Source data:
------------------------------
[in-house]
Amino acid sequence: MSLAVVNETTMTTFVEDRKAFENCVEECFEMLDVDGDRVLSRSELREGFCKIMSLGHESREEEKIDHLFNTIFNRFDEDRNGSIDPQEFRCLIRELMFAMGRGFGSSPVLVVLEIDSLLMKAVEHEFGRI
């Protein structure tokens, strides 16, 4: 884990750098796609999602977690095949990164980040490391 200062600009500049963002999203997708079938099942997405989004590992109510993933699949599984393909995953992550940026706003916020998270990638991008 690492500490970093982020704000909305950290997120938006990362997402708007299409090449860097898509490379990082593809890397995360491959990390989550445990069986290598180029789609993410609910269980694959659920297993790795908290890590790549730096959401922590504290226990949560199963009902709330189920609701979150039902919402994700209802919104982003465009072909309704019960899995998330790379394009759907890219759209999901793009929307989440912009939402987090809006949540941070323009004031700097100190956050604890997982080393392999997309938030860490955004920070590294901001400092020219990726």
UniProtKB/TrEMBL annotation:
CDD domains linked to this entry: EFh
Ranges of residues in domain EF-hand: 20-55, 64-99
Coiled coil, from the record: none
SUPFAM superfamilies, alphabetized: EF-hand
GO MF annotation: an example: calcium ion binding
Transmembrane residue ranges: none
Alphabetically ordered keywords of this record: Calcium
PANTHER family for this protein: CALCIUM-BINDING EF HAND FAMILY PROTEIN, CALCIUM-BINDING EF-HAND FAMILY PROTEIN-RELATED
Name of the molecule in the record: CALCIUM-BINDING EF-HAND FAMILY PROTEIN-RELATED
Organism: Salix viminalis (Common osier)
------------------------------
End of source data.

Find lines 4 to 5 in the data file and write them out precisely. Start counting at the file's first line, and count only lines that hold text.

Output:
UniProtKB/TrEMBL annotation:
CDD domains linked to this entry: EFh